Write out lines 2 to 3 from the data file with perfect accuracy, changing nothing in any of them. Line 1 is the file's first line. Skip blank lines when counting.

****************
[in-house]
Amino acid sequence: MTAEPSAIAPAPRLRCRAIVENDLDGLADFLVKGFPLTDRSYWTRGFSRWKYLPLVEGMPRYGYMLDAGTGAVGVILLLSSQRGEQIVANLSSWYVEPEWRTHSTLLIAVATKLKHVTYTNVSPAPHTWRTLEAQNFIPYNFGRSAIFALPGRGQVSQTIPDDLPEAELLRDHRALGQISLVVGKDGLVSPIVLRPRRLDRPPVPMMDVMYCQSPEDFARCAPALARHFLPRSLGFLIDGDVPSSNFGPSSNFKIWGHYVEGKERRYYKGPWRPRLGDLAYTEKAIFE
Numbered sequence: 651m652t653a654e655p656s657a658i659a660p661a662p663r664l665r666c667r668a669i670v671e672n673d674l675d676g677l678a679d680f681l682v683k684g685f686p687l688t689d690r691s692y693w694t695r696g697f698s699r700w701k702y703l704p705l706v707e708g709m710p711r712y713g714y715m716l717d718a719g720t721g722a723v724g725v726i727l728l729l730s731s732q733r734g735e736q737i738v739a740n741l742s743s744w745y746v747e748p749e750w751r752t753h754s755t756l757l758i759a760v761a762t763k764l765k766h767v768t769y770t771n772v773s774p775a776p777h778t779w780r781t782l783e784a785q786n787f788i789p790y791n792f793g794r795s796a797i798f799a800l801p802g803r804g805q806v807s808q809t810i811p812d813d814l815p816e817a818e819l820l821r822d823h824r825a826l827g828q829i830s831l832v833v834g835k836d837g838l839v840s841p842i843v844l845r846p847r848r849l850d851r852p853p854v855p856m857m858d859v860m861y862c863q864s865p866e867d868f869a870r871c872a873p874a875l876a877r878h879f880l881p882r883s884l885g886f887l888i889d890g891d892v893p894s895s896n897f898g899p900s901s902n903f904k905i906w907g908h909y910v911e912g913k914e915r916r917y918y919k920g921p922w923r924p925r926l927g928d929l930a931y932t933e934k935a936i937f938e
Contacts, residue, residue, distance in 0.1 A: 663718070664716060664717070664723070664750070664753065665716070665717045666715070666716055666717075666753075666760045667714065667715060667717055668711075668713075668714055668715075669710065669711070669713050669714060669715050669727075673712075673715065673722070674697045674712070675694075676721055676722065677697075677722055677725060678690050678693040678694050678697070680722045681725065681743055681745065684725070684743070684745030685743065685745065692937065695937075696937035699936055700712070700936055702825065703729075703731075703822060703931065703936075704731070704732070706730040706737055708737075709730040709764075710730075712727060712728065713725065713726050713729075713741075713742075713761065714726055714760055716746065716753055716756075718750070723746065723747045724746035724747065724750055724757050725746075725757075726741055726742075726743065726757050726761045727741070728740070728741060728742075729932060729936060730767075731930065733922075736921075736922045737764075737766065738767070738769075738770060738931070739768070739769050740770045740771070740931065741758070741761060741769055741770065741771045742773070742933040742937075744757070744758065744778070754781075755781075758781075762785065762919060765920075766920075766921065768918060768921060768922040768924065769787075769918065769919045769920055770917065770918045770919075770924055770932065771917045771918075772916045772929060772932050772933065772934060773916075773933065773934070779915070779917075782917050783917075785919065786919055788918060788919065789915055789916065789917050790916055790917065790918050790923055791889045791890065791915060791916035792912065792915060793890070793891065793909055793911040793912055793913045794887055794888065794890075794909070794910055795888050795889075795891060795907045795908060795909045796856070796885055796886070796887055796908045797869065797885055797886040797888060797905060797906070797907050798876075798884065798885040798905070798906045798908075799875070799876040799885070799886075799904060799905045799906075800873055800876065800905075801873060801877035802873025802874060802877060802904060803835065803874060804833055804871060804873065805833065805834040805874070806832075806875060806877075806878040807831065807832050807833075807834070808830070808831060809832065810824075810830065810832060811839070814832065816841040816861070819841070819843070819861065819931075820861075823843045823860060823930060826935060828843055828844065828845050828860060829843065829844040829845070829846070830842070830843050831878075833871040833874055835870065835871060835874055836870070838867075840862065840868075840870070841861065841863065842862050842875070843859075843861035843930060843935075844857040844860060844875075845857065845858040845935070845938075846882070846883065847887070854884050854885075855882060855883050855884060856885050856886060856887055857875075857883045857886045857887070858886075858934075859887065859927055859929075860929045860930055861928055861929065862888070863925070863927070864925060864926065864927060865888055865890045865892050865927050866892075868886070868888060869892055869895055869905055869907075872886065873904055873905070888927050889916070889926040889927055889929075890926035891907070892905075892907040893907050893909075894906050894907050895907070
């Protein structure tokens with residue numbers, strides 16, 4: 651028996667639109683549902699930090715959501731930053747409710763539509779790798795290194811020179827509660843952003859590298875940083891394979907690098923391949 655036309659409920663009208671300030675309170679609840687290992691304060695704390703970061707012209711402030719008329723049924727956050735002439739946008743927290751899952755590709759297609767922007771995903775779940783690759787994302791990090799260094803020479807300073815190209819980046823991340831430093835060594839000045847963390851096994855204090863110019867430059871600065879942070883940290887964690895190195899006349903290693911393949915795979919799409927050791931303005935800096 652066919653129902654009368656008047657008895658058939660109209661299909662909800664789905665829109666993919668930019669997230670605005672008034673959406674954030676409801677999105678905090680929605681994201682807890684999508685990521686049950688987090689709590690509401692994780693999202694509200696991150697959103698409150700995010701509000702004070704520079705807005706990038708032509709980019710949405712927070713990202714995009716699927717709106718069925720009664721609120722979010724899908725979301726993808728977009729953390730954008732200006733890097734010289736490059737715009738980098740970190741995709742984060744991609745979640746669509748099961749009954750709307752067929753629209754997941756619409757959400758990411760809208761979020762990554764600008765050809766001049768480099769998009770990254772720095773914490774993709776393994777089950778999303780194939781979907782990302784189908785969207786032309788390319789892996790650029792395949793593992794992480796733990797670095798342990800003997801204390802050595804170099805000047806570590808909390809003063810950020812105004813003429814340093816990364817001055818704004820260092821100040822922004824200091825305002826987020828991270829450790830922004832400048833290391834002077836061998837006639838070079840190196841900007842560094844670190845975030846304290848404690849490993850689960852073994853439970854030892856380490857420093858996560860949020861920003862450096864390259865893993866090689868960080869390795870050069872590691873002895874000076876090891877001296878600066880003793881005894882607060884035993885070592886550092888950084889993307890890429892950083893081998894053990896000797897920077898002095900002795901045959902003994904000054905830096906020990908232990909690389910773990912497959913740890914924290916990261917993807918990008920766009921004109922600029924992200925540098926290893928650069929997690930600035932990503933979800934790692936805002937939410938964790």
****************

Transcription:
Amino acid sequence: MTAEPSAIAPAPRLRCRAIVENDLDGLADFLVKGFPLTDRSYWTRGFSRWKYLPLVEGMPRYGYMLDAGTGAVGVILLLSSQRGEQIVANLSSWYVEPEWRTHSTLLIAVATKLKHVTYTNVSPAPHTWRTLEAQNFIPYNFGRSAIFALPGRGQVSQTIPDDLPEAELLRDHRALGQISLVVGKDGLVSPIVLRPRRLDRPPVPMMDVMYCQSPEDFARCAPALARHFLPRSLGFLIDGDVPSSNFGPSSNFKIWGHYVEGKERRYYKGPWRPRLGDLAYTEKAIFE
Numbered sequence: 651m652t653a654e655p656s657a658i659a660p661a662p663r664l665r666c667r668a669i670v671e672n673d674l675d676g677l678a679d680f681l682v683k684g685f686p687l688t689d690r691s692y693w694t695r696g697f698s699r700w701k702y703l704p705l706v707e708g709m710p711r712y713g714y715m716l717d718a719g720t721g722a723v724g725v726i727l728l729l730s731s732q733r734g735e736q737i738v739a740n741l742s743s744w745y746v747e748p749e750w751r752t753h754s755t756l757l758i759a760v761a762t763k764l765k766h767v768t769y770t771n772v773s774p775a776p777h778t779w780r781t782l783e784a785q786n787f788i789p790y791n792f793g794r795s796a797i798f799a800l801p802g803r804g805q806v807s808q809t810i811p812d813d814l815p816e817a818e819l820l821r822d823h824r825a826l827g828q829i830s831l832v833v834g835k836d837g838l839v840s841p842i843v844l845r846p847r848r849l850d851r852p853p854v855p856m857m858d859v860m861y862c863q864s865p866e867d868f869a870r871c872a873p874a875l876a877r878h879f880l881p882r883s884l885g886f887l888i889d890g891d892v893p894s895s896n897f898g899p900s901s902n903f904k905i906w907g908h909y910v911e912g913k914e915r916r917y918y919k920g921p922w923r924p925r926l927g928d929l930a931y932t933e934k935a936i937f938e